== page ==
Papua New Guinea's former prime minister Peter O'Neill.
Papua New Guinea’s former prime minister Peter O’Neill has been charged with suspicion of misappropriation, abuse of office and official corruption.
The former Prime Minister of Papua New Guinea has been arrested on charges relating to abuse of office, corruption and the misappropriation of 50 million kina.
It is alleged that in early December 2013, Peter O’Neill directed the Acting Secretary for Treasury, Dairi Vele, to identify 50 million kina (US$14.3 million) from the 2013 National Budget and have it transferred to the bank of Papua New Guinea for the purpose of purchasing two diesel generators for Port Moresby and Lae from Israel.
According to Loop PNG, the National Fraud and Anti-Corruption Directorate is alleging that:
- O’Neill directed payment for the purchase of the two generators without due consideration for procurement processes as required under Public Finance Management Act
- The purchase was not approved by the National Parliament.
- The purchase did not go through tender processes.
- There was no legal clearance from the government’s solicitors for such payment.
- O’Neill directed the National Executive Council to convene and approve the payment after the purchase was made.
Assistant Commissioner Crimes, Hodges Ette, confirmed that O’Neill was brought in for questioning on Saturday after being arrested at the Port Moresby airport upon his return from Brisbane, Australia, where he has been residing for most of this year.
Ette said there was reasonable evidence for misappropriation, abuse of office and official corruption.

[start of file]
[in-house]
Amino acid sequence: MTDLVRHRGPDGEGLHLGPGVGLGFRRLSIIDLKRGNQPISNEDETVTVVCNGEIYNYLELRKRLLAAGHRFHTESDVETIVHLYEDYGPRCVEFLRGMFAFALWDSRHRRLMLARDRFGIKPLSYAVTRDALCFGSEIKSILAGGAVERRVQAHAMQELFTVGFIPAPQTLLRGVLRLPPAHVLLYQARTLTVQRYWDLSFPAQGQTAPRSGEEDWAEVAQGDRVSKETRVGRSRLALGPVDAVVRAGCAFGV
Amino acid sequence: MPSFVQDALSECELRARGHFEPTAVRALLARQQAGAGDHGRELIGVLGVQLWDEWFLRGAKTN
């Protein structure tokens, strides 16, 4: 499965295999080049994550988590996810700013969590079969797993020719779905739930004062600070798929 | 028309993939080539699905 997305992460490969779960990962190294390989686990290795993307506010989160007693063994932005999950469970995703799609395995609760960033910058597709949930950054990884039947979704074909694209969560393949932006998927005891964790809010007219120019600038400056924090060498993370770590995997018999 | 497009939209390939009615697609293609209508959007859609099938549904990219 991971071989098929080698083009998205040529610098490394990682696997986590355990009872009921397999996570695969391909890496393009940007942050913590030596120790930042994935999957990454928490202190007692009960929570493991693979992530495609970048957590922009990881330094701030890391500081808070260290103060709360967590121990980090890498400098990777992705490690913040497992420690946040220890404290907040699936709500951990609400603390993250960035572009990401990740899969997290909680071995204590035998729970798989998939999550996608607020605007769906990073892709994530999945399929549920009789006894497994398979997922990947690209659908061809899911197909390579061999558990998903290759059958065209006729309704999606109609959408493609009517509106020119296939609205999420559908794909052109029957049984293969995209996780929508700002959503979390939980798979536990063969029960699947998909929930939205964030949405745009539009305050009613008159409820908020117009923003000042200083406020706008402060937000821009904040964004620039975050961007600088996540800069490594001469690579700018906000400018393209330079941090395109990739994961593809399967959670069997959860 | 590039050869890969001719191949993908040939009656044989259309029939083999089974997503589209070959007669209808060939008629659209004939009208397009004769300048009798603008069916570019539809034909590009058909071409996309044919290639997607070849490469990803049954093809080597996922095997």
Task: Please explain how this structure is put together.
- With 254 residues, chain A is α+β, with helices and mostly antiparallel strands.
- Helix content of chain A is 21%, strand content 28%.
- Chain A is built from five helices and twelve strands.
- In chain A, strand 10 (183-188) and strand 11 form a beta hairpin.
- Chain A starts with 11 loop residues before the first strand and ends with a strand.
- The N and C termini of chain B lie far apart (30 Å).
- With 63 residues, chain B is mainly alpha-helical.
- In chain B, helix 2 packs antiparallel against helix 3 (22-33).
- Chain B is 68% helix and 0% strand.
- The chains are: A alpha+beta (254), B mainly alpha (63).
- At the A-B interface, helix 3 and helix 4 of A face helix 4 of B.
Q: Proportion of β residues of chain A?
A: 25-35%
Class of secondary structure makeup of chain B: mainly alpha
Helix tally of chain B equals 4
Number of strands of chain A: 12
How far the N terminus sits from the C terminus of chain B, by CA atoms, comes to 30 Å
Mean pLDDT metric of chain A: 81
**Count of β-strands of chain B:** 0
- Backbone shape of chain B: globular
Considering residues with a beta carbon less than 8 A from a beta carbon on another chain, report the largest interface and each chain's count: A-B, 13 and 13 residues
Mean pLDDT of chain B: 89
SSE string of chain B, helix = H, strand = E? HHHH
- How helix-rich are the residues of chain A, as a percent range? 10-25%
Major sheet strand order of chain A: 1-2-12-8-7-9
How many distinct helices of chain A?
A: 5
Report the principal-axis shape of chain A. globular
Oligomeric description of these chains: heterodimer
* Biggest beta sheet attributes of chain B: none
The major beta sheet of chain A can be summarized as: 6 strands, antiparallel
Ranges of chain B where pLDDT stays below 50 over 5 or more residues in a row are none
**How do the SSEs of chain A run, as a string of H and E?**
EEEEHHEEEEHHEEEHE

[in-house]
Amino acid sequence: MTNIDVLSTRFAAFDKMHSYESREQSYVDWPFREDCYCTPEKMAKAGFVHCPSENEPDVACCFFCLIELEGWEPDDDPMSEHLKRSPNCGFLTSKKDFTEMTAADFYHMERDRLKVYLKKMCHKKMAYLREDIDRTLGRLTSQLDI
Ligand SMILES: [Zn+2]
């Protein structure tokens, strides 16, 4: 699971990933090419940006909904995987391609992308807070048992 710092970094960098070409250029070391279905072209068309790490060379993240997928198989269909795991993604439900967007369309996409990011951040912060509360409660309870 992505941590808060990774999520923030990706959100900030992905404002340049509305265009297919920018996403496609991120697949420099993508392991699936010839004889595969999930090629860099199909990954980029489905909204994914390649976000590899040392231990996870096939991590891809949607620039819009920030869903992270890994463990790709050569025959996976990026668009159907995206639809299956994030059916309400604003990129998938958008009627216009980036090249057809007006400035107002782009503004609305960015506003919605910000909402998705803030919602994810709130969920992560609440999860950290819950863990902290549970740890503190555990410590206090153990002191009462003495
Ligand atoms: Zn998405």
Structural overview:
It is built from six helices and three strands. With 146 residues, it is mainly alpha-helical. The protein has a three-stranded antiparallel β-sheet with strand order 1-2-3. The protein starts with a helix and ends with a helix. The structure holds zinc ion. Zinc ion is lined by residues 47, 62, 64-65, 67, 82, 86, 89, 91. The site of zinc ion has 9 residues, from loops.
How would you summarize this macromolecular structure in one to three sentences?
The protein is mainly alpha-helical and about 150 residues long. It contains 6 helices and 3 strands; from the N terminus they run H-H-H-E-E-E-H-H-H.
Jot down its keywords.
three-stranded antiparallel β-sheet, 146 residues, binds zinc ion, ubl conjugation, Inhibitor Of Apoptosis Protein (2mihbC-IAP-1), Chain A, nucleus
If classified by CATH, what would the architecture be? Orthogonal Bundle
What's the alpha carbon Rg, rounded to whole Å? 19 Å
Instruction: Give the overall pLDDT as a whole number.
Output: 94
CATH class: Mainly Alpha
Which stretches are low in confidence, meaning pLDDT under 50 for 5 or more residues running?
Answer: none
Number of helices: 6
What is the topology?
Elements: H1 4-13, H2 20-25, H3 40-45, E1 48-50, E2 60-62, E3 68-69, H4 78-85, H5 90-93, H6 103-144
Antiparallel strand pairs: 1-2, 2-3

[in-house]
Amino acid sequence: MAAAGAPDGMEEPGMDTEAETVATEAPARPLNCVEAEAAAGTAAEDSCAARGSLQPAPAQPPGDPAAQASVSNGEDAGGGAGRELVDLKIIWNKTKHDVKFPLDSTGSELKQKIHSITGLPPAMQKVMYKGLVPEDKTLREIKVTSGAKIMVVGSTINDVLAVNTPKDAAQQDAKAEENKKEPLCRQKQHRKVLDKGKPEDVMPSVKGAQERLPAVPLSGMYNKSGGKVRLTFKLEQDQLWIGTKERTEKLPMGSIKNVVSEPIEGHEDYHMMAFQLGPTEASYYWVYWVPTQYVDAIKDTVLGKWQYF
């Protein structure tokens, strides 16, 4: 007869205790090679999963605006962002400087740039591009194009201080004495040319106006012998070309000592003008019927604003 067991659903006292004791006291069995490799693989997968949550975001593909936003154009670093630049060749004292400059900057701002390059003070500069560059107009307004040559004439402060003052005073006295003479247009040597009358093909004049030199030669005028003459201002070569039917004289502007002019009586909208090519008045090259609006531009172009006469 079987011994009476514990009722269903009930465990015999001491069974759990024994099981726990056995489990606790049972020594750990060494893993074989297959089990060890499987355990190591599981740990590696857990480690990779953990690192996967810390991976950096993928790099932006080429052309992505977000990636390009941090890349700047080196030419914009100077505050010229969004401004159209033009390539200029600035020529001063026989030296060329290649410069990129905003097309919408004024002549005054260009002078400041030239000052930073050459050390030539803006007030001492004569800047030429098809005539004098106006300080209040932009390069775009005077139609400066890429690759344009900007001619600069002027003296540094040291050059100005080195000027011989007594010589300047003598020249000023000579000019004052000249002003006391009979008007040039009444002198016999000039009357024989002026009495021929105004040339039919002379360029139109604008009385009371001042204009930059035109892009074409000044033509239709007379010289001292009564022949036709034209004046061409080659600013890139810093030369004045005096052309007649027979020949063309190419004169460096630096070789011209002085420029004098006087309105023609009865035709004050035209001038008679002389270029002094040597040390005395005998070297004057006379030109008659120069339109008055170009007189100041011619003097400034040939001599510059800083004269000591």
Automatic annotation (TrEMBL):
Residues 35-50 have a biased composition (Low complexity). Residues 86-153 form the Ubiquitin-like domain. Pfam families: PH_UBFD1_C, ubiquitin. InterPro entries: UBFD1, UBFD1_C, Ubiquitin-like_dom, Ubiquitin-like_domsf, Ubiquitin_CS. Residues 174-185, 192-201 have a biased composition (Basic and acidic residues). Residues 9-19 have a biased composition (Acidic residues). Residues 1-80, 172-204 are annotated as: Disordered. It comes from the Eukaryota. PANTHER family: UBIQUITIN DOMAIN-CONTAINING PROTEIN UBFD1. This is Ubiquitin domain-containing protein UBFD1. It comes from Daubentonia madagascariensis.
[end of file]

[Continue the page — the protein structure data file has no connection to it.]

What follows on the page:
After the former prime minister was charged, he was taken to the Boroko Police Station where he was placed in the cells,
questioned and later released on bail.
Releasing a statement on Sunday, O’Neill described the case as “highly politicised” and defended his handling of the purchase.
He said the decision to buy the generators was taken to address the chronic problem of power blackouts in PNG’s main two cities Port Moresby and Lae.
According to the current Ialibu Pangia MP, the purchase was approved by parliament.
“We all know that this highly politicised case has been influenced and pushed by dark and shadowy figures behind the scenes wanting to force an arrest.
“I look forward to having my day in court soon so that the truth can prevail and this injustice corrected and exposed,” O’Neill said in a statement.
The former prime minister– who led Papua New Guinea from 2011 to 2019 – also questioned why current Prime Minister James Marape, who was finance minister at the time, was not being also being investigated over the purchase that he was involved in approving.